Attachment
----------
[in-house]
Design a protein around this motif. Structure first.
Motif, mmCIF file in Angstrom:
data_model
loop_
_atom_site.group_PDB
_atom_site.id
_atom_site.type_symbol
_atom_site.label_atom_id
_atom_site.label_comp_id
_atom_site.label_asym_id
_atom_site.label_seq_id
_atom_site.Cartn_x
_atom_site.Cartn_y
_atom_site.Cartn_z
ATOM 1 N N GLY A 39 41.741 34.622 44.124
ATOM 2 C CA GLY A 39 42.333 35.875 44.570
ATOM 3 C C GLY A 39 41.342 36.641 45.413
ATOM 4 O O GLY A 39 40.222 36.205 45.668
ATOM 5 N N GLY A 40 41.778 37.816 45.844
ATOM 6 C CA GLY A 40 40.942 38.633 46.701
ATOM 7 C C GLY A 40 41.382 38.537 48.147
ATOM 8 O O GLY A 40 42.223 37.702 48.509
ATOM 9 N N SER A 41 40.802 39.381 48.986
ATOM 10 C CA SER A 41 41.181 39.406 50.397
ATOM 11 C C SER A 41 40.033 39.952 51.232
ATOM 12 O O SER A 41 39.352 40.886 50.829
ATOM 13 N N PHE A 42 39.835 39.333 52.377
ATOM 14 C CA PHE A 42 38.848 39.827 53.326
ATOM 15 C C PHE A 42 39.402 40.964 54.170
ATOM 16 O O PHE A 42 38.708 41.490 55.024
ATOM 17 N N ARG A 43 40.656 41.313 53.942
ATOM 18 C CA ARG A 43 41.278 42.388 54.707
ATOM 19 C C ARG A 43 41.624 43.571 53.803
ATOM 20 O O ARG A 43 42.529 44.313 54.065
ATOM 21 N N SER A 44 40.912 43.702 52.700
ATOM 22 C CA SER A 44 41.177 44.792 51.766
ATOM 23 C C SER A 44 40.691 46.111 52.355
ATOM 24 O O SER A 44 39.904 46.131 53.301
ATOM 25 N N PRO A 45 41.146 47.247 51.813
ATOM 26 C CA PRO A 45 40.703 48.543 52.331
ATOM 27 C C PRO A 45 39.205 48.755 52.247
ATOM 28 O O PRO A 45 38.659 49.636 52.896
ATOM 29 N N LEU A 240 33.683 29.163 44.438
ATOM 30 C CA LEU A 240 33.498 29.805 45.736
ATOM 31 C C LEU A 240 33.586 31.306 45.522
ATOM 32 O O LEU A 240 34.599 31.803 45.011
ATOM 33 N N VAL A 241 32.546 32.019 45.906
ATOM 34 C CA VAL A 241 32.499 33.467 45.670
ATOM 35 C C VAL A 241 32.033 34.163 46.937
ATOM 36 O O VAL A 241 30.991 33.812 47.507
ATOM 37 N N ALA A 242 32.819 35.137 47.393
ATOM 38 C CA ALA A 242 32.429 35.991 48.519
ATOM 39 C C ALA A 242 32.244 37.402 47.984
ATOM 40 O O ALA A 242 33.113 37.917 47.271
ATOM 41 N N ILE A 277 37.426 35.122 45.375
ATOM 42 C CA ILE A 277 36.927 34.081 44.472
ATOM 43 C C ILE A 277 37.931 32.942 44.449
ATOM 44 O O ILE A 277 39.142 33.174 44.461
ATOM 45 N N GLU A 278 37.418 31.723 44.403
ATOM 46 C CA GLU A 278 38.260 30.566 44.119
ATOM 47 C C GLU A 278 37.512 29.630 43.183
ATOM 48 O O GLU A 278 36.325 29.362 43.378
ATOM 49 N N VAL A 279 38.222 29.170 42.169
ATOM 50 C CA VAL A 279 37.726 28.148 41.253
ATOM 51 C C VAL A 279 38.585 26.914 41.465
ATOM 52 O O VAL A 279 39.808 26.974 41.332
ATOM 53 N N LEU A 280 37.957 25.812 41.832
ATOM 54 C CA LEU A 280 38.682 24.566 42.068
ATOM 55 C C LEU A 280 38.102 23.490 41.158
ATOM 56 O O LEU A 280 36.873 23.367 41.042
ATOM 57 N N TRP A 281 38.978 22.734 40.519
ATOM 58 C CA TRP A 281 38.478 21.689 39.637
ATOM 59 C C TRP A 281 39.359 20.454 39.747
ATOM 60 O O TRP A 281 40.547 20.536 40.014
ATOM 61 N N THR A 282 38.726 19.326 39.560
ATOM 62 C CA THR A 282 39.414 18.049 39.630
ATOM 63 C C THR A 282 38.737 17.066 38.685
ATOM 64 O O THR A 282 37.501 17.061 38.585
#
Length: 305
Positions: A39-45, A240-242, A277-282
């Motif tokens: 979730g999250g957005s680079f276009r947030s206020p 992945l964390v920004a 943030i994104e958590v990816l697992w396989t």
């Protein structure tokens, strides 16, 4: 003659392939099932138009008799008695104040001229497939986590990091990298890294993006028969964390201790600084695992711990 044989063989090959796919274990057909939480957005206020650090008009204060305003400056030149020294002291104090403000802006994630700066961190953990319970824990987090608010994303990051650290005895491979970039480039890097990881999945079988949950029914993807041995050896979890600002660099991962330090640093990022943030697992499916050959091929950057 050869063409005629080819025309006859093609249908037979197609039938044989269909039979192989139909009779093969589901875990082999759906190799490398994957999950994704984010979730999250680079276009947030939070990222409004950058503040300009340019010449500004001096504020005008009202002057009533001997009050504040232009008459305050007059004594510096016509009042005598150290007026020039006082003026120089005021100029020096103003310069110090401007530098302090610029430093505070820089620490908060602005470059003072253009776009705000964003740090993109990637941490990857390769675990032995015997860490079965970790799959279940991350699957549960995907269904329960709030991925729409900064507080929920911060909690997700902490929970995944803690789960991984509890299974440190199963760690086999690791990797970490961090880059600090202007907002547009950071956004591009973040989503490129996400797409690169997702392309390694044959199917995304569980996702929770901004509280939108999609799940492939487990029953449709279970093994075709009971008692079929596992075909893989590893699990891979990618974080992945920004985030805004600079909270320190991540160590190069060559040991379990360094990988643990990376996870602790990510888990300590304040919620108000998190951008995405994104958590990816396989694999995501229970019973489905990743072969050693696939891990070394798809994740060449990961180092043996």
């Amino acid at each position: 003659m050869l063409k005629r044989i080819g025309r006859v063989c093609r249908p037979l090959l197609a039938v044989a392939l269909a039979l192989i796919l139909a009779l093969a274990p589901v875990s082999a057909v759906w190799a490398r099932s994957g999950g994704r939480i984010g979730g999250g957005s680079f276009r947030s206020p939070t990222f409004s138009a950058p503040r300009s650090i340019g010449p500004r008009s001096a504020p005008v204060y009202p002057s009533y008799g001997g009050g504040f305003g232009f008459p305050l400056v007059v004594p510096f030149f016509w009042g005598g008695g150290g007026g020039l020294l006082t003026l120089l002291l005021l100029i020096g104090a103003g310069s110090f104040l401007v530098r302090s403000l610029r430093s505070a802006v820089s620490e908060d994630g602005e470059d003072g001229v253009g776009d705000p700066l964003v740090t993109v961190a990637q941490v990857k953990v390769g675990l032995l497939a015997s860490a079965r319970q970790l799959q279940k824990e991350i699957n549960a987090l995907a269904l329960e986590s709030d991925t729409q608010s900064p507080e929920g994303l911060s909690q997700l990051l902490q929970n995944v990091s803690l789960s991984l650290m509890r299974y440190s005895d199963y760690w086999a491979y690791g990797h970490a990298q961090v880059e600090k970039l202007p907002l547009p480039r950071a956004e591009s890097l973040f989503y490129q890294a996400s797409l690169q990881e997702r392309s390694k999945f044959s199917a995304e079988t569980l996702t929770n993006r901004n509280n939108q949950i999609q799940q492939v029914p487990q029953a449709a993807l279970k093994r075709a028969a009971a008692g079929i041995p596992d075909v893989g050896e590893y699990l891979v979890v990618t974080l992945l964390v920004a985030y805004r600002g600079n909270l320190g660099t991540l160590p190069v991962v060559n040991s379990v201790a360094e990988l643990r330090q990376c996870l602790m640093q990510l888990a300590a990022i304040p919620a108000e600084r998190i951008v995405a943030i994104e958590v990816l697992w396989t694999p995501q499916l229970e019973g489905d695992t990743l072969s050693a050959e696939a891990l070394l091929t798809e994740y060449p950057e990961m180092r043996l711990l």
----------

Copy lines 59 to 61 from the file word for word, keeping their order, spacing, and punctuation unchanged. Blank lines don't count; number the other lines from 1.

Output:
ATOM 44 O O ILE A 277 39.142 33.174 44.461
ATOM 45 N N GLU A 278 37.418 31.723 44.403
ATOM 46 C CA GLU A 278 38.260 30.566 44.119